NAPA’s anesthesiologists have noncompete clauses in their contracts that prevents them from remaining at Beaumont and working for NorthStar, which has been trying to recruit them nonetheless. NAPA this week was unsuccessful obtaining an injunction to stop the attempted poaching. 

It’s unlikely that many of Beaumont’s anesthesiologists would join NorthStar regardless, unless they’re unable to relocate for personal or family reasons. The company’s business model is to compete on price, not on the quality of its anesthesiologists. About 40 percent of the anesthesiologists working at Beaumont Royal Oak and Troy have already resigned, including Michael Faulkner, chief of cardiac and critical care anesthesia at Royal Oak, and five other members of the eight-person cardiac anesthesiology team. 

Crain’s Detroit Business reported Aug. 24 that it received a statement from Beaumont saying the transition to NorthStar at the company’s southern hospitals went well. “We had highly qualified anesthesia providers in place and there was no disruption in patient care,” according to the statement. 

Two doctors who have worked with NorthStar doctors told me that’s not the case. They said the majority of NorthStar anesthesiologists are from agencies or on loan from other hospitals and not of the quality of physicians working for Anesthesiology Associates of Ann Arbor, the company that previously had the contract. One NorthStar anesthesiologist showed up 45 minutes late for surgery and refuses to be available on weekends. 

Only nine previous A4 doctors agreed to work for NorthStar, but the company is suing them for violating their noncompete agreements.

Angry Surgeons 

Fox on Monday toured Royal Oak’s surgical services area, where he was confronted by surgeons who laced into him because they said his extensive cost-cutting has put patients at risk. Surgeries are routinely being delayed or cancelled because there is a shortage of staff to sterilize instruments and other issues, such as no scrubs being readily available. Sanitation at the hospital has declined.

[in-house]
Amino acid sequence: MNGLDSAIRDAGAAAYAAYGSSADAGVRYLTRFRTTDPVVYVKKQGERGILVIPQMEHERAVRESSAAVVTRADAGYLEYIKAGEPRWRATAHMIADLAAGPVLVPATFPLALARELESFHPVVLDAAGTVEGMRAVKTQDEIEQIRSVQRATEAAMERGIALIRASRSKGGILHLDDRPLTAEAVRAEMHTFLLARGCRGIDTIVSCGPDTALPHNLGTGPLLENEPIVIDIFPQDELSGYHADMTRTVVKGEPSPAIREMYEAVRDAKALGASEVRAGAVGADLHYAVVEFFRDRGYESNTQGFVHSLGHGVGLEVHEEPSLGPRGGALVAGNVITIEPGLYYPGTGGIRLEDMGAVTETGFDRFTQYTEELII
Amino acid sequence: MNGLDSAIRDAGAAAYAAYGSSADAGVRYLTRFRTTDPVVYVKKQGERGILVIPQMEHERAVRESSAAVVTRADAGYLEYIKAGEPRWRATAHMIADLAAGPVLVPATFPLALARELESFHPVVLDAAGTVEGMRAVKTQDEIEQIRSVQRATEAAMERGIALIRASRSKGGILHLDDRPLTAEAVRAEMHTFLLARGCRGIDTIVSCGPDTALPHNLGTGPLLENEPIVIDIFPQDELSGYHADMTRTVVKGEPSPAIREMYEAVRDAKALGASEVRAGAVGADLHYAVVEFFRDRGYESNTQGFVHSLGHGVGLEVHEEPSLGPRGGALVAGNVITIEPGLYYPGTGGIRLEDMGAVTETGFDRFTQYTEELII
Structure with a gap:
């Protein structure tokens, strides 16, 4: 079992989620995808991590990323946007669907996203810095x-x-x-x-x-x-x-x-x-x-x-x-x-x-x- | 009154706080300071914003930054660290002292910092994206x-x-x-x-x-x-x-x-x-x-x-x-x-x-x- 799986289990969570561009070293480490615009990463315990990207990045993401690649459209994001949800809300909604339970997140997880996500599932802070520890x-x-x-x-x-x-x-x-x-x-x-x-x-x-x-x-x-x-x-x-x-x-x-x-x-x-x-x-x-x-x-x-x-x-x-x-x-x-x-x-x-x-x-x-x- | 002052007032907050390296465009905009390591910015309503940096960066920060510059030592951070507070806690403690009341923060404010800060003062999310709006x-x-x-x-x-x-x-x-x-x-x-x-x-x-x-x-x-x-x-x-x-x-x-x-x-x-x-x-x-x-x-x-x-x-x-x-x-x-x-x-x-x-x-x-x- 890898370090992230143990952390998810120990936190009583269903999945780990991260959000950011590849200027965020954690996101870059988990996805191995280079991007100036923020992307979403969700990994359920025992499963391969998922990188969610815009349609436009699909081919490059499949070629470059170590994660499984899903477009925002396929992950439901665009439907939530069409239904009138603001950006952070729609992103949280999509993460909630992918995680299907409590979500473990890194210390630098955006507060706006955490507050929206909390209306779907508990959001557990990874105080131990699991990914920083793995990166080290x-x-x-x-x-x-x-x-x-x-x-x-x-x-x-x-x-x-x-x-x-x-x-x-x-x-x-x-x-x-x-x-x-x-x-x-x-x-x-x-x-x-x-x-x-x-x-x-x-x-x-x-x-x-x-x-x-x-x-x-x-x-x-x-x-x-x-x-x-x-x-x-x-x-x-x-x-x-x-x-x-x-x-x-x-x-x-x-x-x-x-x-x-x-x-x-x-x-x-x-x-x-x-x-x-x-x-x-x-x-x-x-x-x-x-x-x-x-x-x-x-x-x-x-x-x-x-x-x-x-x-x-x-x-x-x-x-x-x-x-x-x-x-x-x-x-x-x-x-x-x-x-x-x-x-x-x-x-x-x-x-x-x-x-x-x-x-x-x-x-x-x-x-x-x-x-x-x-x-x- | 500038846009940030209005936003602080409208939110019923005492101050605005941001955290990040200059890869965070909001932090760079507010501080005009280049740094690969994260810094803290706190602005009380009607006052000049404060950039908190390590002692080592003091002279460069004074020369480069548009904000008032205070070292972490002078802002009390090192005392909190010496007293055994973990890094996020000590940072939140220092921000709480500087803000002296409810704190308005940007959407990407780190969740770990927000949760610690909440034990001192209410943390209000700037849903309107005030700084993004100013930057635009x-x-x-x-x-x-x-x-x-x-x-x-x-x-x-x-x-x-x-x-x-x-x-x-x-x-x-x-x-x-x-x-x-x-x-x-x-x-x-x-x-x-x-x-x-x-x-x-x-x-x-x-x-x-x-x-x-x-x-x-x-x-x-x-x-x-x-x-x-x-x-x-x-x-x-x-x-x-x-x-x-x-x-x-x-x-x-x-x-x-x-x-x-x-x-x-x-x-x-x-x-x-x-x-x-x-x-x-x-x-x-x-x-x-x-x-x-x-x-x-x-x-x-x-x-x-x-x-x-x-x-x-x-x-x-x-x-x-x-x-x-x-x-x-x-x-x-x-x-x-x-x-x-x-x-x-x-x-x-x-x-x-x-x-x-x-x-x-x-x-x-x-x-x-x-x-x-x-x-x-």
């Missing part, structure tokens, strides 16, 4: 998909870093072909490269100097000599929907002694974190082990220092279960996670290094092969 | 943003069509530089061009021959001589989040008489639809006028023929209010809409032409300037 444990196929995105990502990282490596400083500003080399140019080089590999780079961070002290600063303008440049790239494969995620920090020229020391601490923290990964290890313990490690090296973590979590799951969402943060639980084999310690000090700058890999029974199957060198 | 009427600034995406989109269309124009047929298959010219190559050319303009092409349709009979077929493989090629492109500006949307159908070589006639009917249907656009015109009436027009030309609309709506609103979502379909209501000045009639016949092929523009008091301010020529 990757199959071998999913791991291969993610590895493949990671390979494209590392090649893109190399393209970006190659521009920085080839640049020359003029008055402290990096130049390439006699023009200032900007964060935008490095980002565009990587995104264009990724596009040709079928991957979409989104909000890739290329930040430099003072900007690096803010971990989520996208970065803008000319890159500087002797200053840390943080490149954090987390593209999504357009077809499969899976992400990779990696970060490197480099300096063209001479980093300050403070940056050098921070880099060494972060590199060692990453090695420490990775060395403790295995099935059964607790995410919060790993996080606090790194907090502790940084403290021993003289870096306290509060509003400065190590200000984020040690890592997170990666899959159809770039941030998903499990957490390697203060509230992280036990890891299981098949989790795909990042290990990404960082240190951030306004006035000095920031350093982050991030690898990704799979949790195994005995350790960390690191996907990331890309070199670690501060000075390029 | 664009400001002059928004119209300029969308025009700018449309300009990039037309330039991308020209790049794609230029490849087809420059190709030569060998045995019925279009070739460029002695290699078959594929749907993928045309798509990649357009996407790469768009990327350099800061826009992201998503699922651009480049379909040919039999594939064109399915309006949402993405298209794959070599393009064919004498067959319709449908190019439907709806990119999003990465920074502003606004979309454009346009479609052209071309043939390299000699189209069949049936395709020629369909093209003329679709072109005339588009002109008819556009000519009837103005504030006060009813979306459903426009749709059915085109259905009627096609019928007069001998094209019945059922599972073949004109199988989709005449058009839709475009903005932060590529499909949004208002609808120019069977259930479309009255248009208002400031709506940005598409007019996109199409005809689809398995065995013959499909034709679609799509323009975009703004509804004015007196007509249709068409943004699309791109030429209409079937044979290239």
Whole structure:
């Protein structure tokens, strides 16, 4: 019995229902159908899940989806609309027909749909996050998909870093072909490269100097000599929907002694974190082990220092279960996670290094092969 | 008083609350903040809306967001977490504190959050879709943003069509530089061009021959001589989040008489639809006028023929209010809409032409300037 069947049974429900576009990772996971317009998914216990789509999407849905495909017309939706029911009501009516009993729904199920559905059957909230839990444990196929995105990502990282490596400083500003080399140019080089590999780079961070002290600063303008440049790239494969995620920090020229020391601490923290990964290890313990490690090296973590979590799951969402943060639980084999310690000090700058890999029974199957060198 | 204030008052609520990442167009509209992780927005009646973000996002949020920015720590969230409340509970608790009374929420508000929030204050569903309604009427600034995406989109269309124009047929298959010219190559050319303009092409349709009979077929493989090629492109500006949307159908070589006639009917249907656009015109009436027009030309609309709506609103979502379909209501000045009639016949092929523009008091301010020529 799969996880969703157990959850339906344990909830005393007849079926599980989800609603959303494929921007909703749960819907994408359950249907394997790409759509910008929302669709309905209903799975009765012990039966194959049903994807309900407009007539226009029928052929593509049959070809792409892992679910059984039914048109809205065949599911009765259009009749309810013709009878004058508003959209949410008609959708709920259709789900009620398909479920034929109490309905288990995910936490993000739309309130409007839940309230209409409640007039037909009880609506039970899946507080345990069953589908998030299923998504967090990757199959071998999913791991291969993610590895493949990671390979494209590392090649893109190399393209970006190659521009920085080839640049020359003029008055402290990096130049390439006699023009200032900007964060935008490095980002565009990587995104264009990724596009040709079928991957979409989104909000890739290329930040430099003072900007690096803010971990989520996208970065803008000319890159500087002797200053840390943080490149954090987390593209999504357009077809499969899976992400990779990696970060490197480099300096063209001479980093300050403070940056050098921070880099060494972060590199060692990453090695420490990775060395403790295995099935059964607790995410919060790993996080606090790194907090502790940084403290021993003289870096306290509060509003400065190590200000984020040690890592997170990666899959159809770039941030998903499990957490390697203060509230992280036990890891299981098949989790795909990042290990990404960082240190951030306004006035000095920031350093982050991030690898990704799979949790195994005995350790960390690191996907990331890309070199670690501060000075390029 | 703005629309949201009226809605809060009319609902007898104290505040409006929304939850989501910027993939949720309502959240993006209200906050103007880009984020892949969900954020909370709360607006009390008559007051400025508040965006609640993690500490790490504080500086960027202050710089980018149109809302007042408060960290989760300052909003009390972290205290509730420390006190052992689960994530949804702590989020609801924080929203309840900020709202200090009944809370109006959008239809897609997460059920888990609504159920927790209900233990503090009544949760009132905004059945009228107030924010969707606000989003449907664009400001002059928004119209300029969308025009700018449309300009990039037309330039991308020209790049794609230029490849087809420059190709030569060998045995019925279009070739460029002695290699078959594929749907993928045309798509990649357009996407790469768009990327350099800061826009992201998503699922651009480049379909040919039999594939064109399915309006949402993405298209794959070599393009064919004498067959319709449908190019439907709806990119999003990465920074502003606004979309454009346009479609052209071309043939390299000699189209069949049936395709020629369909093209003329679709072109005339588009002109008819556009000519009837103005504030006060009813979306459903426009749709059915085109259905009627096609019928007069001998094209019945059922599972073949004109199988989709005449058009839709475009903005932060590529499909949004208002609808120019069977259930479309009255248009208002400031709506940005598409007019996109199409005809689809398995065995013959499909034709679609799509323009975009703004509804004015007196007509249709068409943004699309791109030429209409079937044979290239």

Fox carried his own water into the sterilized area, where no food or drinks are allowed. He was directed to put it away. 

Cindy Rios, chief financial officer

Beaumont Royal Oak is a trauma center for a major metropolitan area and until about a year ago was among the best hospitals in the country. The hospital’s CFO is Cindy Rios, who joined in April 2019. Rios previously worked at the Danville Regional Medical Center, a 250-bed hospital in Danville, a rural Virginia city with a population of 43,000.

Danville Regional is owned by for-profit LifePoint Health, the publicly-traded hospital network from where Beaumont CFO John Kerndl and his deputy Denise Waters previously worked. Kerndl and Waters played major roles in the cost cutting that’s lead to Beaumont’s implosion.

Fox and Wilson have been waging a campaign to make nice with Beaumont employees. The company this week distributed a video of Wilson trying to humanize herself with details that she has children and grandchildren and that she has a nursing degree. Fox also made a video

In most states, published reports of doctors voicing no confidence in a major hospital network's management and warnings about compromised patient care would warrant government intervention. Michigan Attorney General Dana Nessel has ignored the reports and this week argued  there is little she can do to stop Fox from merging Beaumont into Advocate Auora, a Chicago-based hospital network whose physicians aren’t of the caliber of Beaumont’s. Michigan Gov. Gretchen Whitmer also has remained silent.

Nessel and Whitmer have become darlings of the national media for their criticisms of President Trump’s handling of the pandemic. Whitmer has repeatedly said a second wave of the pandemic is inevitable. 

Covid patients sometimes require intubations, a procedure handled or overseen by anesthesiologists. It’s seemingly of little concern to Whitmer and Nessel that Beaumont’s world-class anesthesiology staff has been decimated. 

At the peak of the pandemic in Michigan, it was Beaumont’s anesthesiologists who set up a special unit to treat Covid patients at Beaumont Troy. 

Reach Eric Starkman at Beaumont employees and vendors are encouraged to reach out, with confidentiality assured.